Archive for category Climate Change and Energy

What They STILL Don’t Know About Climate Change

I’m back! After lots of personal issues, working on other things, I’m coming back to blogging and will be posting pieces as they reach completion, I’ll also be posting excerpts from a novel-in-progress, Waiting for Q. Stay tuned, and stay well!

Let’s face it, some people are either too dense to understand basic science or too selfish to try. It’s no more difficult to understand the causes of climate change than it is to be a German shepherd trapped in a hot car with the windows rolled up. (The carbon dioxide that blankets our blue-marble planet is of course the windows, and the panting dog is us.) If climate change deniers can handle a little grade-school science, here it is: ultraviolet waves come into the car but heat-inducing infrared waves can’t get out. Okay?
Years after the hellish fact, we’re still stunned that we didn’t stop Hitler soon enough to prevent the Holocaust. What will Americans say 75 years from now when coastal subway systems are fish tanks? When the insurance companies are bankrupt, and earthquakes from mindless fracking are as common as sunrise? They may say, “We thought reports about ‘icebergs the size of Delaware’ were just fake news, and besides we liked it when it was shorts-weather in December. But now, when our cities are too hot to be outside and air conditioning has gotten so expensive, we realize we probably should have done something…”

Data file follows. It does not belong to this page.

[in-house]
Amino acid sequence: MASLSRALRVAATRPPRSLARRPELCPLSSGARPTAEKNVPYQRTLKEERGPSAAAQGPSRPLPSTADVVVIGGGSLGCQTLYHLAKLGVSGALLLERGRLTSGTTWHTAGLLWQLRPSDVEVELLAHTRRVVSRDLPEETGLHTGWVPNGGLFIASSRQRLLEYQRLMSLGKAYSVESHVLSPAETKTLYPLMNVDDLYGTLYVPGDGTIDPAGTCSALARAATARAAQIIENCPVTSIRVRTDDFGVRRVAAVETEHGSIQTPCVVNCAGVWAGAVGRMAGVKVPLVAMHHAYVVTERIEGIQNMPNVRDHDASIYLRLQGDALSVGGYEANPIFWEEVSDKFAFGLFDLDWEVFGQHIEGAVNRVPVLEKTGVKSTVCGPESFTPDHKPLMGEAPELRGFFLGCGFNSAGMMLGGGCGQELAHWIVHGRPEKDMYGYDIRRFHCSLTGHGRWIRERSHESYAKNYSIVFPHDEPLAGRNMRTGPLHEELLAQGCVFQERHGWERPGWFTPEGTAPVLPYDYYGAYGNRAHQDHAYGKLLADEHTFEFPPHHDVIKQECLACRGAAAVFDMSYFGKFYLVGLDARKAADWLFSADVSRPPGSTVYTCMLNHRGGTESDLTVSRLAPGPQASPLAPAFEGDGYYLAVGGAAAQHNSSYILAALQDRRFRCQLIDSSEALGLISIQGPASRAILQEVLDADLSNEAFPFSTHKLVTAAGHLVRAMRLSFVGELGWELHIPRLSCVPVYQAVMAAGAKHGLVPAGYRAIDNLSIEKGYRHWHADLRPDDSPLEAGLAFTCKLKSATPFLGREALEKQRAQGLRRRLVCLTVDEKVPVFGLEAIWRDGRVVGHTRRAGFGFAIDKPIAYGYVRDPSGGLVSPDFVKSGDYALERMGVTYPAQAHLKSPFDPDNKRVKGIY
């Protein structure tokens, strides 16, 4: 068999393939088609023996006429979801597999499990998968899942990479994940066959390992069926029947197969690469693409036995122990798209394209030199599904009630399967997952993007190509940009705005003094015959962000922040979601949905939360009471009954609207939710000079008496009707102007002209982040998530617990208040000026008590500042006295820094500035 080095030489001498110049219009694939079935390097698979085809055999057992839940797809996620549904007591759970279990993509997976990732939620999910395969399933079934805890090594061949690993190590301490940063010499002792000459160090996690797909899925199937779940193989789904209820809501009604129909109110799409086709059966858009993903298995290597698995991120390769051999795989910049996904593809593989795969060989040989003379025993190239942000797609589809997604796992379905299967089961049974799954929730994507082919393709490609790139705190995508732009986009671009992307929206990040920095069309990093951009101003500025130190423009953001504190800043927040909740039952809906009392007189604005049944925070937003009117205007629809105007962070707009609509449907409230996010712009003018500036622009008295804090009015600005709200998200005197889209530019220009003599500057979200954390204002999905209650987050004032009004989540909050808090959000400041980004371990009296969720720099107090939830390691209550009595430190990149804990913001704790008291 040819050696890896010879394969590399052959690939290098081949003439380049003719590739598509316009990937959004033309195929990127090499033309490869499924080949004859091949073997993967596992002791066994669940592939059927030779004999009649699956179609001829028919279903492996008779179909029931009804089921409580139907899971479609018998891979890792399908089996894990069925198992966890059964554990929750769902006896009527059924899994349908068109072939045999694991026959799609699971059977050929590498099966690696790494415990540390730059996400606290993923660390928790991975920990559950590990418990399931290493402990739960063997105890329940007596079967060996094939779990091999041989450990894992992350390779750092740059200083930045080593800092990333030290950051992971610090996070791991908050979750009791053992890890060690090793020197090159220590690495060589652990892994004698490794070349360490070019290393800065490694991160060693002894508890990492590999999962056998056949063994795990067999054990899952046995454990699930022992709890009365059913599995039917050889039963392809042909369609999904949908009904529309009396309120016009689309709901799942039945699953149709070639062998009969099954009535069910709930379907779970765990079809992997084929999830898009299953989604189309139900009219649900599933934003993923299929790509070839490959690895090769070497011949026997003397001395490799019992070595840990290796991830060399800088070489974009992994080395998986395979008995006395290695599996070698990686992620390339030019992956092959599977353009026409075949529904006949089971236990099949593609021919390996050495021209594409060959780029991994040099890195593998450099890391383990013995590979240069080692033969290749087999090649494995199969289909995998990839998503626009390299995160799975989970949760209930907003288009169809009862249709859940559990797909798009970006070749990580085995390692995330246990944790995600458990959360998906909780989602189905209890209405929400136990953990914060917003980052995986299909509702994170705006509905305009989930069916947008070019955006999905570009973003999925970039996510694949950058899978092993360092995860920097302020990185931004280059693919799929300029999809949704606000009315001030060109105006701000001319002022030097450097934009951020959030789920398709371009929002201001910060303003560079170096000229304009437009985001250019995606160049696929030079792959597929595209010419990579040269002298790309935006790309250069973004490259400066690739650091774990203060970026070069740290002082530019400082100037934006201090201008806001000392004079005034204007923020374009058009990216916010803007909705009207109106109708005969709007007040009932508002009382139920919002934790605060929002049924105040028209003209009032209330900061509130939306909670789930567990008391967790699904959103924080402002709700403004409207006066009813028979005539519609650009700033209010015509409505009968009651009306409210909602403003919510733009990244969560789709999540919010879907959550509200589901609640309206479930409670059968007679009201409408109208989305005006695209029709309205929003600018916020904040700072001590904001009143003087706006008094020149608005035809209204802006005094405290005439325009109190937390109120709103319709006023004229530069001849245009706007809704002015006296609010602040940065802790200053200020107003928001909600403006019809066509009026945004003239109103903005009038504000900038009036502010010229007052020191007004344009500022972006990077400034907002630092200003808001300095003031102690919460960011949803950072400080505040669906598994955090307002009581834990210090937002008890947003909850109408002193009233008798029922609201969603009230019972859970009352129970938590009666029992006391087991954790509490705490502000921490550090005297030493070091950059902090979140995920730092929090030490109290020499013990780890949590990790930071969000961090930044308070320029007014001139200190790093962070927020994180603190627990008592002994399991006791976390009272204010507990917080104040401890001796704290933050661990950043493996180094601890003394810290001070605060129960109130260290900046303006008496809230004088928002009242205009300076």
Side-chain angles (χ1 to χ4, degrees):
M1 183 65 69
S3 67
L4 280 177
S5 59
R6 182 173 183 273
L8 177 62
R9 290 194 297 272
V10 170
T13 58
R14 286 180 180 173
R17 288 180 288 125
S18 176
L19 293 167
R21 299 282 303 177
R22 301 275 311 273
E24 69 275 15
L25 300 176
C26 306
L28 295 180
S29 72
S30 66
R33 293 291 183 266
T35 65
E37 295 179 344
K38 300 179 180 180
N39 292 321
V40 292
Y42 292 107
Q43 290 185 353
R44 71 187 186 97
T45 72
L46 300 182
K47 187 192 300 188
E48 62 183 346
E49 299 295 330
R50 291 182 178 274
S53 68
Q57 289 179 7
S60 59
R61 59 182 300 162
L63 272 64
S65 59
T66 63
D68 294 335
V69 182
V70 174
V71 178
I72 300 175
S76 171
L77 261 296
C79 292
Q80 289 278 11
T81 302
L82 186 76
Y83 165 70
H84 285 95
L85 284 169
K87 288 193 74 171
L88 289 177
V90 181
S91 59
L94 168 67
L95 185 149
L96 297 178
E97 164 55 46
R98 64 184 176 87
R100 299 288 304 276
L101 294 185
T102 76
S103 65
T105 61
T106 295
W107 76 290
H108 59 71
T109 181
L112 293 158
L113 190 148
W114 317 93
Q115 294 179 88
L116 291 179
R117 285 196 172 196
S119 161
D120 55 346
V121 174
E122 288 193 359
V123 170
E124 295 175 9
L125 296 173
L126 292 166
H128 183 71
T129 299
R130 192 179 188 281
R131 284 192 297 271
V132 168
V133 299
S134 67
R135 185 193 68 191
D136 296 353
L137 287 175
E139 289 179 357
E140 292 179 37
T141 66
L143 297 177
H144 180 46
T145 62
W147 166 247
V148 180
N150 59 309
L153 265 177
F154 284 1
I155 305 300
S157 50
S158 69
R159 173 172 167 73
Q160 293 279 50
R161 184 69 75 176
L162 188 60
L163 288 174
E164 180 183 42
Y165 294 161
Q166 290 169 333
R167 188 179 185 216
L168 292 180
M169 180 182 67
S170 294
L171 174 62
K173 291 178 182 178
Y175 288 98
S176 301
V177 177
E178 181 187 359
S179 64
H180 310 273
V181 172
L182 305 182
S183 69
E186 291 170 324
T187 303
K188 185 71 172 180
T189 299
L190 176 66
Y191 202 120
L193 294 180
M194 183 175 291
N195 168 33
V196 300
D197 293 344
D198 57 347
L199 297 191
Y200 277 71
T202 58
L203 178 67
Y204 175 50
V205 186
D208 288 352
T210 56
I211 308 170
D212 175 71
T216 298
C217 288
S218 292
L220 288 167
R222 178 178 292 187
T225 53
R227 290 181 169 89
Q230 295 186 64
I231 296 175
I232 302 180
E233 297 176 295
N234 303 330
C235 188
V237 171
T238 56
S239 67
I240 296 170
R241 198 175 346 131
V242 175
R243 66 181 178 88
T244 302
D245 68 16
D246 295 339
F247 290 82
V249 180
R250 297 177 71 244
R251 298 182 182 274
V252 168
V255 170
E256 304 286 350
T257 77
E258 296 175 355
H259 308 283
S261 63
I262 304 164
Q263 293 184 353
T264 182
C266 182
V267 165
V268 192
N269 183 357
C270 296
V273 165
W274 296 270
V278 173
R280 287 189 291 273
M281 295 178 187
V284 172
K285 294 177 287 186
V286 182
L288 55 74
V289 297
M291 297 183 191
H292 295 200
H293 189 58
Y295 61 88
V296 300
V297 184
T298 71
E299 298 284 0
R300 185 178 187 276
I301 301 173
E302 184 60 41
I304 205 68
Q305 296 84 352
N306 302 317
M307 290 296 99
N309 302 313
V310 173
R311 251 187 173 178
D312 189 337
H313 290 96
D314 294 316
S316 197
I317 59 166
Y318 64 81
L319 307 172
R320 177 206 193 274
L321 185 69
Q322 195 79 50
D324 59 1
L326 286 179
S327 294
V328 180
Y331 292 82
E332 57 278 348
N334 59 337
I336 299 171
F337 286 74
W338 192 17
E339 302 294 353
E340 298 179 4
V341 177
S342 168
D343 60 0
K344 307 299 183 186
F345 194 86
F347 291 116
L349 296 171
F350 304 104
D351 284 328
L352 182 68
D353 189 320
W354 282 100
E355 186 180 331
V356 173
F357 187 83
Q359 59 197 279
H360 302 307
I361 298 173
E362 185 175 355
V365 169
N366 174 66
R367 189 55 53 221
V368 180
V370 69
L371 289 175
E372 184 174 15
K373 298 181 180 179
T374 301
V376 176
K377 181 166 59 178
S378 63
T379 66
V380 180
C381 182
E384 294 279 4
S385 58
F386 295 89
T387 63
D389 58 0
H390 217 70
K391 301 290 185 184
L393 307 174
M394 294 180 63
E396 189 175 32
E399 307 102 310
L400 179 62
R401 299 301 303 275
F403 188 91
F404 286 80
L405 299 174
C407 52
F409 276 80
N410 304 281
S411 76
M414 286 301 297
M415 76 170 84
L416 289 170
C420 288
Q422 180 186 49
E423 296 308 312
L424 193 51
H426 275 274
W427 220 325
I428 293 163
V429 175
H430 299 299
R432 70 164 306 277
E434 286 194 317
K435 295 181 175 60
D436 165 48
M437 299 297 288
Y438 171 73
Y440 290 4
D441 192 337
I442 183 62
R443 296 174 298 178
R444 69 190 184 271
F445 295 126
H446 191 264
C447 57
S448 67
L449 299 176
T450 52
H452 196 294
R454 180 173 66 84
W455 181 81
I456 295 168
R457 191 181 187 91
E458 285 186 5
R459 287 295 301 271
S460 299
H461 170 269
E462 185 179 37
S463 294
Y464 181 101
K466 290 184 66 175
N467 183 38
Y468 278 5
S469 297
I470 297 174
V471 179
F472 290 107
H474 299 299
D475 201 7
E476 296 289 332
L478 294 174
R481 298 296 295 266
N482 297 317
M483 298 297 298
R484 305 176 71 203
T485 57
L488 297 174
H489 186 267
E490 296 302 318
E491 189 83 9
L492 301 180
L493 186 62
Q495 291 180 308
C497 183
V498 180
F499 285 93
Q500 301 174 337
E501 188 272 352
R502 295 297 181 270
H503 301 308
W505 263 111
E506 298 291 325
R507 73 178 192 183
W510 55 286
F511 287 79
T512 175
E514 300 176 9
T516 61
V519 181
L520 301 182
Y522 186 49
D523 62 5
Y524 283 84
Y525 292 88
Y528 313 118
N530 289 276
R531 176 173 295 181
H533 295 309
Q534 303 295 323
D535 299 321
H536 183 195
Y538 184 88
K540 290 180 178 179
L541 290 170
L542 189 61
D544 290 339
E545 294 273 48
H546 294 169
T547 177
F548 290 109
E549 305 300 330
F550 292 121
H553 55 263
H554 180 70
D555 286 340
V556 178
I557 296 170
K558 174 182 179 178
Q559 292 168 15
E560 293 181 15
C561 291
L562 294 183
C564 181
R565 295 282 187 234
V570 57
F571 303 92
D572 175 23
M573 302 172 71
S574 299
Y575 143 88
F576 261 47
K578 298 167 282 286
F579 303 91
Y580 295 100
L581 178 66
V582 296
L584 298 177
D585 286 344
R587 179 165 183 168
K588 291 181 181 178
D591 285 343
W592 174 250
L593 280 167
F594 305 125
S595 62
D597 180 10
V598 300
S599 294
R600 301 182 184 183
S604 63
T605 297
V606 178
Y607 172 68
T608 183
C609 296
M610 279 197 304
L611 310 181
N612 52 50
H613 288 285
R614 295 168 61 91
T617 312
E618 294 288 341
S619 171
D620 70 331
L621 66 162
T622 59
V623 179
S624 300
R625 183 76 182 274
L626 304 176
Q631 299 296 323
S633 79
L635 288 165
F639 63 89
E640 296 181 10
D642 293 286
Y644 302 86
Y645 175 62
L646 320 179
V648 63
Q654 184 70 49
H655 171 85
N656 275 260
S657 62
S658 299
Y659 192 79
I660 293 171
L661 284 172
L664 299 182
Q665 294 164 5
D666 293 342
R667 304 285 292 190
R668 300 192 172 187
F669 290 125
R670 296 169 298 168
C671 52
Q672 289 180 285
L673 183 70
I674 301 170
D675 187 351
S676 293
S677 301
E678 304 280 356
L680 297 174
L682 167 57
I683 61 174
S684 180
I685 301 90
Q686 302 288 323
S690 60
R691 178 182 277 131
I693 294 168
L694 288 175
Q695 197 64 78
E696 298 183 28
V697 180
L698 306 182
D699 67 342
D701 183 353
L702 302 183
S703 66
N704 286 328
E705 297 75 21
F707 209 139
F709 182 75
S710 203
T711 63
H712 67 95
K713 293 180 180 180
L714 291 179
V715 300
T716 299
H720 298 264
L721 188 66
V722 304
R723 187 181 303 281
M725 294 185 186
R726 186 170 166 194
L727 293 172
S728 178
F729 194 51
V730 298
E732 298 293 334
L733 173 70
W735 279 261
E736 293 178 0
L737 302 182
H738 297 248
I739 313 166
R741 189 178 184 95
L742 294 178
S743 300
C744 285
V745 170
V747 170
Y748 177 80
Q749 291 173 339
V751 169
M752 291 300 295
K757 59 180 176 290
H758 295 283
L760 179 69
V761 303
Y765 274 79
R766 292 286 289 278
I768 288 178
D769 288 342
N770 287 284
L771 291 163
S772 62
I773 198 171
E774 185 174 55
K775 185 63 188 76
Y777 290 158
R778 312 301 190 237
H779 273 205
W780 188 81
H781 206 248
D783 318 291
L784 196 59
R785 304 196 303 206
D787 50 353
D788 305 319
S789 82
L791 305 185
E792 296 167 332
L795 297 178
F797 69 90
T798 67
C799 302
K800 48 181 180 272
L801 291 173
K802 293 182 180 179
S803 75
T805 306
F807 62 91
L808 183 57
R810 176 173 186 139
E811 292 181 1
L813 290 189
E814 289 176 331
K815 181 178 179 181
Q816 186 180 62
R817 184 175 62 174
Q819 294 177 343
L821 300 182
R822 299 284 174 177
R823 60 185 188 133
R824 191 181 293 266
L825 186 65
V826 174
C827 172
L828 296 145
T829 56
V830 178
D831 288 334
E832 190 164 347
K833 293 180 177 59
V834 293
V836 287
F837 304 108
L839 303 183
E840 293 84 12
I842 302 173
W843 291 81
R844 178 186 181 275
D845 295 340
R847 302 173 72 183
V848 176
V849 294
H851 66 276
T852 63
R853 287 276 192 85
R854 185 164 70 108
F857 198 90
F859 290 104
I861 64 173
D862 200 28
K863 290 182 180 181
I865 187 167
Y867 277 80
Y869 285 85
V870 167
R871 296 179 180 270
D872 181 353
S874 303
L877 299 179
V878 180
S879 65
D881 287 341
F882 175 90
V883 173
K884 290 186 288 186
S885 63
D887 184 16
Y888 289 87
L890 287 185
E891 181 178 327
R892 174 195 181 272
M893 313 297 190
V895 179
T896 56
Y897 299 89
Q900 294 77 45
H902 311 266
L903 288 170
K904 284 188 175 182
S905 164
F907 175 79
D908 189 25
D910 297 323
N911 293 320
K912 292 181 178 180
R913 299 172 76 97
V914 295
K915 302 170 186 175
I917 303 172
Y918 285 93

We should do many somethings, like redesign more sustainable towns and cities; cut way back on meat and palm oil consumption; incorporate greenhouse gases into major industry products like plastic, packaging and cement; transition to a less invasive agriculture; switch to electric cars powered by wind, solar, hydro, biogas, and geothermal energy; cogenerate heat and electricity in factories and power plants; continue to make our buildings and appliances more efficient; walk more; grow more food locally and eat less energy-intensive, processed food… These are some of the things we can do right now, each of which will create lots of jobs, lots of profit, and lots of satisfaction. Keep America Great! Terrific!

Humans are not the primary cause of climate change? Really? Do the deniers ever consider that our exhalations alone contribute huge amounts of carbon dioxide? (Then throw in all the power plants, factories, decimated rainforests, cars and trucks, consumer goods, and synthetic fertilizers – that’s a lot of gas, folks.) I’m not suggesting we can stop breathing but we can surely stop putting our fingers in our ears, because here’s the deal: Even if humans were not the primary cause of climate change, we’d still have to do something about it – quickly – to keep the German shepherds, children, and cornfields from keeling over. This is the weak link in the deniers’ argument: They assume incorrectly that if humans are only a minor contributor (not true), we also don’t need to respond to the crisis. What? Acknowledging that the world’s weather has gone completely haywire in recent decades, we need to mobilize WWII-style to reduce greenhouse gas emissions no matter who or what put them there. Unless we want Earth to become another Venus, where the average temperature is 864 degrees Fahrenheit – hot enough to melt lead. Why is it so hot there? Clouds of carbon dioxide that built up in the planet’s atmosphere, partly because there weren’t any plants to recycle it. It’s irrelevant that humans aren’t to blame for climate change on Venus; what matters scientifically is that CO2 – along with other greenhouse gases – is the cause of the massive overheating that makes Venus permanently uninhabitable.